Pro-democracy campaigners stay in jail

HARARE, (IRIN) – As Morgan Tsvangirai was being sworn in on 11 February as Zimbabwe’s new prime minister, a group of 30 human rights activists, members of his own party, and journalists remain in detention.

The government claims they were involved in military training in neighbouring Botswana to topple President Robert Mugabe, but the authorities in Botswana and the detainees have denied the allegations.

Tsvangirai, the leader of the Movement for Democratic Change (MDC),  had demanded their release before being sworn into office as part of a power-sharing administration with Mugabe’s rival ZANU-PF party.

But Harrison Nkomo, the lawyer representing the jailed pro-democracy activists, including veteran broadcaster Jestina Mukoko, told IRIN that his clients were still in detention at the maximum security prison, Chikurubi.

"Despite earlier promises by the politicians that my clients would be released before the swearing in ceremony, they are still being held in detention. The problem is that the politicicians are saying that they will be released soon but ‘soon’, could be in June and that is not acceptable because some of them need urgent medical treatment which they have been denied since they were abducted last year."

Mukoko’s organisation, the Zimbabwe Peace Project, was responsible for documenting human rights violations, especially by the military ahead of the 2008 presidential election run off, which included rape, murder and beatings. Mugabe was the sole contestant after Tsvangirai pulled out of the race citing the level of political violence.

MDC spokesman Nelson Chamisa told IRIN that the release of the detainess was being pursued by Tsvangirai. "As the head of government, Mr Tsvangirai is handling that and I can not speak on his behalf as I am a party spokesman and not the spokesman of the Prime Minister."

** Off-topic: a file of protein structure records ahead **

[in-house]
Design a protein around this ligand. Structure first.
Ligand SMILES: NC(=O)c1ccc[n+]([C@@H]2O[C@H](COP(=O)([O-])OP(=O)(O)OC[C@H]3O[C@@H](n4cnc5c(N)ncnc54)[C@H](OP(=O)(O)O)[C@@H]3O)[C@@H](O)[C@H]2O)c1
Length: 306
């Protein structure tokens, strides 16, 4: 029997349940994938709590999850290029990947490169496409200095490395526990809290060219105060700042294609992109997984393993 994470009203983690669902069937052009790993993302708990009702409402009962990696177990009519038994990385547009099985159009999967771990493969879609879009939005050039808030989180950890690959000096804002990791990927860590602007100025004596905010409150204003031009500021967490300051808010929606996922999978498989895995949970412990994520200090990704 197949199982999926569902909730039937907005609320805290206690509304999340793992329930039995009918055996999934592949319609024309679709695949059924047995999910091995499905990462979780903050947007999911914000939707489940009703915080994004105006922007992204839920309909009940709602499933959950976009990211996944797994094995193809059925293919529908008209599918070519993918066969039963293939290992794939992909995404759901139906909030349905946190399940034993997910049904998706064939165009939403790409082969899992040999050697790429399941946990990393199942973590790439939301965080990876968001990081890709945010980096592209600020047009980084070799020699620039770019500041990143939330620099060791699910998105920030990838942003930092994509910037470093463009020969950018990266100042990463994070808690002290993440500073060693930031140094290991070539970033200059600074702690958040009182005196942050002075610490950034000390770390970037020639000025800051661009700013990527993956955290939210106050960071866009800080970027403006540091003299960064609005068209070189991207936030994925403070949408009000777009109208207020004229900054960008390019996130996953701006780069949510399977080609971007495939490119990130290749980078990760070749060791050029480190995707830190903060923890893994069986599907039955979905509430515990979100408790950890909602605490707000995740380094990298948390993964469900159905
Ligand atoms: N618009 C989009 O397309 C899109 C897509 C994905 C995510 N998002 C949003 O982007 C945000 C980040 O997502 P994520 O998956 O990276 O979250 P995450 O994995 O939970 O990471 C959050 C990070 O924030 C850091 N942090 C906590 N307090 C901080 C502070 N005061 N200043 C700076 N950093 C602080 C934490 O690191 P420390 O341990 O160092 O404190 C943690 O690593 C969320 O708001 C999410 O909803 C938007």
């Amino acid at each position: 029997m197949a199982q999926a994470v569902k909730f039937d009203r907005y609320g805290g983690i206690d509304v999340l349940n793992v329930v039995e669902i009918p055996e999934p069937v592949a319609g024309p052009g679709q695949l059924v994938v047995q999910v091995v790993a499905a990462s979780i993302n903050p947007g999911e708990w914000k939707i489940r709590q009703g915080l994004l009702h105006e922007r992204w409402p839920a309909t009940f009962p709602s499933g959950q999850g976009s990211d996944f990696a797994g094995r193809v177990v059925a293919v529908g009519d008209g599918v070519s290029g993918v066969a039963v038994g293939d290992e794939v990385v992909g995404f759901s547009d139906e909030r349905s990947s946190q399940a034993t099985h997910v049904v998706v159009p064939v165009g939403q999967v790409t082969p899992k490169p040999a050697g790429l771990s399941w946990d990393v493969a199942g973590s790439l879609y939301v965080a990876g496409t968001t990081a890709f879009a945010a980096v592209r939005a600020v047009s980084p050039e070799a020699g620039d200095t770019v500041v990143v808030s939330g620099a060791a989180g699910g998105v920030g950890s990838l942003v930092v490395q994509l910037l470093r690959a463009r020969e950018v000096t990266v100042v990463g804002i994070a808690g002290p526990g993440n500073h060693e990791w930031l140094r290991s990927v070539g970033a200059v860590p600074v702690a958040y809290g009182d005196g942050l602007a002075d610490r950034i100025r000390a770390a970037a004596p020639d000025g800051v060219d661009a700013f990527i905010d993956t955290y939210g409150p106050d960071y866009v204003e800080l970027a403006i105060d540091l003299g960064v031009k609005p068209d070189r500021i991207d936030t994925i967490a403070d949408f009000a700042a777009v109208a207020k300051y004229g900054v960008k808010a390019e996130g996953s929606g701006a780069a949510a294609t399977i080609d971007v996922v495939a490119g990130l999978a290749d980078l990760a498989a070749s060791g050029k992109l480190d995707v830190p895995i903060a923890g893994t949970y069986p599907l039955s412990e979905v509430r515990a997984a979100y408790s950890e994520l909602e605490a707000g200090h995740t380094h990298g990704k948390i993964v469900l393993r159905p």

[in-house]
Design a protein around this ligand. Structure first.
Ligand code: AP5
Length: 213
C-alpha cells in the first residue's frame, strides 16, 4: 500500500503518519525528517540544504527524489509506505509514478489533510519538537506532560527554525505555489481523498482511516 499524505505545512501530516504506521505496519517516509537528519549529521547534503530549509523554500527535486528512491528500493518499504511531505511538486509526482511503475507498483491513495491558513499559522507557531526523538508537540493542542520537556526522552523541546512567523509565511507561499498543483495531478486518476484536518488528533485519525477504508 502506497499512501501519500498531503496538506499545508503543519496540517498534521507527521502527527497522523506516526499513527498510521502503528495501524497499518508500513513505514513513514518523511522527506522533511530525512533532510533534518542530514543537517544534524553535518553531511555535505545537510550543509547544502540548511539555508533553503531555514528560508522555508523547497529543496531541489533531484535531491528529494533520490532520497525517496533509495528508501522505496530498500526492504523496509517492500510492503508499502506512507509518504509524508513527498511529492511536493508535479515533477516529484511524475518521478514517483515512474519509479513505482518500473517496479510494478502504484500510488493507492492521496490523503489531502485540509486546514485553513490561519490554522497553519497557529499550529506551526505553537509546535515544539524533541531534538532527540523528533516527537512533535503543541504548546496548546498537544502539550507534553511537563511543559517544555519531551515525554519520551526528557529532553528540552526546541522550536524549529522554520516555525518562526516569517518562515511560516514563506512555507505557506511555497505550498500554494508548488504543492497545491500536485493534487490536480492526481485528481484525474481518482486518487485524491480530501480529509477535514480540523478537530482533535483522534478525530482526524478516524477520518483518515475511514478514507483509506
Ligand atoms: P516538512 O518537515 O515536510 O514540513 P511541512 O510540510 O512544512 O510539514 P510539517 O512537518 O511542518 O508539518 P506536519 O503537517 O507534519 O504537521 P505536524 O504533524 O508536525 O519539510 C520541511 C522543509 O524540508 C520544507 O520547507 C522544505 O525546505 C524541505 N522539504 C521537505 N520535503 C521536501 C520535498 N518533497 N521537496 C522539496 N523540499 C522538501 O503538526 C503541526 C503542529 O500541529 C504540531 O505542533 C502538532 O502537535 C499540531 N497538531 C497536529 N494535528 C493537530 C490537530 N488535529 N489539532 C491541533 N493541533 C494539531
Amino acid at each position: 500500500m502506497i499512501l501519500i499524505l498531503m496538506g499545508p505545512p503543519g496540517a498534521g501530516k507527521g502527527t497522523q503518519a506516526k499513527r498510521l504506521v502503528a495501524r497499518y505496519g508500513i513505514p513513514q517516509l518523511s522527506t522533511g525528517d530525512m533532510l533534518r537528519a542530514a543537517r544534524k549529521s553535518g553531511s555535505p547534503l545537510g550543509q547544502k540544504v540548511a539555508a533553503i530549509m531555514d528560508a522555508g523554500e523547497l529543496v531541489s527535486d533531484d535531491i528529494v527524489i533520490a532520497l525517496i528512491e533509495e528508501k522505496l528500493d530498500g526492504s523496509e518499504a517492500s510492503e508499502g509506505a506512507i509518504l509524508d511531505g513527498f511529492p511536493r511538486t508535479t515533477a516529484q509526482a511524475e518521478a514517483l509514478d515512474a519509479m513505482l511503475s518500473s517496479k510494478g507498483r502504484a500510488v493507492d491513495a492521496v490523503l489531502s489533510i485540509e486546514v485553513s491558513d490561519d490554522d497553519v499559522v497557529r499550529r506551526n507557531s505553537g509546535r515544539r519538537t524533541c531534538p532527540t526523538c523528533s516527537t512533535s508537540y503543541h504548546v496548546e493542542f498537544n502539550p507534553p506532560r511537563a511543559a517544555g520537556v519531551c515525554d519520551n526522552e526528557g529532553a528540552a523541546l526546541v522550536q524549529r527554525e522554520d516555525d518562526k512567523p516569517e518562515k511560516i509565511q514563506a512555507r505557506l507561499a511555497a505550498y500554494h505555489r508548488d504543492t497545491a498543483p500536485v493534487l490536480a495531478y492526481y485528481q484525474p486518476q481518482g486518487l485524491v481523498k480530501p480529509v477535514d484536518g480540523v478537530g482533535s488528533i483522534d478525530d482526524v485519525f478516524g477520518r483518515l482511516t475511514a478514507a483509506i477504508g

Tsvangirai was sworn in at State House by Mugabe at a private ceremony attended by government officials, diplomats and leaders from the region. The negotiated power-sharing deal between the opposition MDC and Mugabe’s ZANU-PF seeks to break the political deadlock after last year’s flawed elections, and create an opportunity to address Zimbabwe’s deep humanitarian crisis.

The swearing in of Tsvangirai and Arthur Mutambara, the leader of a breakaway MDC faction as deputy prome minister, was welcomed with jubilation around the country, especially after Tsvangirai  pledged to pay civil servants in foreign currency rather than the near useless Zimbabwe dollar.

“If we are to successfully address our nation’s humanitarian crisis, we must first address the urgent plight of our civil servants. As Prime Minister, I make this commitment that, as from the end of this month, our professionals in the civil service, every health worker, teacher, soldier and policeman will receive their pay in foreign currency until we are able to stabilise the economy.”

Finding the long-term resources to make good on the pledge will be one of the many challenges confronting the new unity government.